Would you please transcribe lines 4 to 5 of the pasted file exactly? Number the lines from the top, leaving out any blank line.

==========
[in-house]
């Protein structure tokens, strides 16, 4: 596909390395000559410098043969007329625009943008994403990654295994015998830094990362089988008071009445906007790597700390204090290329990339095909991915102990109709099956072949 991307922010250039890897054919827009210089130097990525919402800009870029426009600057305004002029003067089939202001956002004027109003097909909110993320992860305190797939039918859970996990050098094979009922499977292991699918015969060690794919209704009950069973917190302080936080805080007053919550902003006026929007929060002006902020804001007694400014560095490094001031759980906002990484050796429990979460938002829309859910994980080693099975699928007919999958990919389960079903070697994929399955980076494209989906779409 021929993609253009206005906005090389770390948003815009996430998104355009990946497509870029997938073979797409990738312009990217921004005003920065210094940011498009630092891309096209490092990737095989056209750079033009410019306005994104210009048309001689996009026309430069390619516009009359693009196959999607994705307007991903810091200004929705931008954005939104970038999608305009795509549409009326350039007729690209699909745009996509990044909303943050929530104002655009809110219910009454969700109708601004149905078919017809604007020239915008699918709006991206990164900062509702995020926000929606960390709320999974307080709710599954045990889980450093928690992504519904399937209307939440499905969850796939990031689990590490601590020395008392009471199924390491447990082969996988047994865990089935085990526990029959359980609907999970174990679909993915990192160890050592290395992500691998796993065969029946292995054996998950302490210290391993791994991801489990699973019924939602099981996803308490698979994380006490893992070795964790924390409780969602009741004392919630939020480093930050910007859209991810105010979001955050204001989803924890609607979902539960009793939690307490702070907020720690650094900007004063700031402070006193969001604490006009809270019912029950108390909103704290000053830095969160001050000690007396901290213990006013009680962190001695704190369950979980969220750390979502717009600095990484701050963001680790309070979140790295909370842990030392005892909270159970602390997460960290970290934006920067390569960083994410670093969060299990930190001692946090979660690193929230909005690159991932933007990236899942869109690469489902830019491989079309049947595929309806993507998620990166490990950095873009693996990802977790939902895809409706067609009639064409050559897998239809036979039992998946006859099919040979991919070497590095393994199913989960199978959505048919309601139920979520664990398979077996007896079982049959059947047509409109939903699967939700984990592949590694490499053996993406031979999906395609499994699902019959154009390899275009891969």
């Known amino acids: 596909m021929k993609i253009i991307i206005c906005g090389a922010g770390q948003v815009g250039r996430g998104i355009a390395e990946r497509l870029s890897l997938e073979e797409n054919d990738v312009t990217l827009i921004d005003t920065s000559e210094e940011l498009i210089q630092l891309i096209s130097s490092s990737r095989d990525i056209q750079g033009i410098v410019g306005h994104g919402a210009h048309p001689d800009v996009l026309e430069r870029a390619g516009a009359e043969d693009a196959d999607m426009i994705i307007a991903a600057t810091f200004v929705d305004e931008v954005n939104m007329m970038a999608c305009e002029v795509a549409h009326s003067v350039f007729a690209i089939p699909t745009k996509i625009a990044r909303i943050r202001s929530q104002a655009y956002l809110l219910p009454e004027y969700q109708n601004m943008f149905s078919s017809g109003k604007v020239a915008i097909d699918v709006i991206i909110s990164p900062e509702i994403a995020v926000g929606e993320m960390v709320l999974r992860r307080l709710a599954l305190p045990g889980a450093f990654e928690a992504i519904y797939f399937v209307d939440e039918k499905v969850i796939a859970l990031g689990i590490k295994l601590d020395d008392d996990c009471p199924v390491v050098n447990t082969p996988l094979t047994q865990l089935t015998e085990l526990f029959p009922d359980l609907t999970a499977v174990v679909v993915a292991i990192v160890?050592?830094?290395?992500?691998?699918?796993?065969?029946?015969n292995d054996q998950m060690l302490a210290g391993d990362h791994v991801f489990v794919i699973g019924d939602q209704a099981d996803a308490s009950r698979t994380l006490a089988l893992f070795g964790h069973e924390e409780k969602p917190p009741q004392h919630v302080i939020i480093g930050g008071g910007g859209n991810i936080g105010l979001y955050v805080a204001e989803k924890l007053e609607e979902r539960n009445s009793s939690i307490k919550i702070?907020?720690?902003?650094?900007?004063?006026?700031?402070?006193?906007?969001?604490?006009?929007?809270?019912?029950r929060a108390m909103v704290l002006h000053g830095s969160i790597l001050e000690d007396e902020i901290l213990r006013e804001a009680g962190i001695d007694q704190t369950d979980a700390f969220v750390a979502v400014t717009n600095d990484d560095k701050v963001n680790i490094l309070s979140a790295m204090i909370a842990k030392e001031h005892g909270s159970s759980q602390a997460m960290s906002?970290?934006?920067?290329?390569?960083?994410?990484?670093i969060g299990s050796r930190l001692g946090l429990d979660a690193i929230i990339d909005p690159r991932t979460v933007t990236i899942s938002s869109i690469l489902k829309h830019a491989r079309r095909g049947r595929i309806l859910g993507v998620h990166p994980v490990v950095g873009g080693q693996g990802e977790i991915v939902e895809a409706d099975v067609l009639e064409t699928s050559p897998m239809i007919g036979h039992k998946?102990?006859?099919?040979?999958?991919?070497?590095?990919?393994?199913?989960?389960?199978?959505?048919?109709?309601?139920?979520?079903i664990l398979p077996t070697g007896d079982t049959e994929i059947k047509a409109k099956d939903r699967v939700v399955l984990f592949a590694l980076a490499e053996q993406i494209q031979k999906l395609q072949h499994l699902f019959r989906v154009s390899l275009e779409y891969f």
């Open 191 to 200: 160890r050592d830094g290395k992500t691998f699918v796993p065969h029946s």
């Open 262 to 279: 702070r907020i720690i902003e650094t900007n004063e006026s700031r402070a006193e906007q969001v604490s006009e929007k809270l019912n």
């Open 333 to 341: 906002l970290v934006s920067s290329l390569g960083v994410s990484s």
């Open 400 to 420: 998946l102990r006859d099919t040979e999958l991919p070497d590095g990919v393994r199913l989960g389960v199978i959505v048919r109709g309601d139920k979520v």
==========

């Open 191 to 200: 160890r050592d830094g290395k992500t691998f699918v796993p065969h029946s």
């Open 262 to 279: 702070r907020i720690i902003e650094t900007n004063e006026s700031r402070a006193e906007q969001v604490s006009e929007k809270l019912n």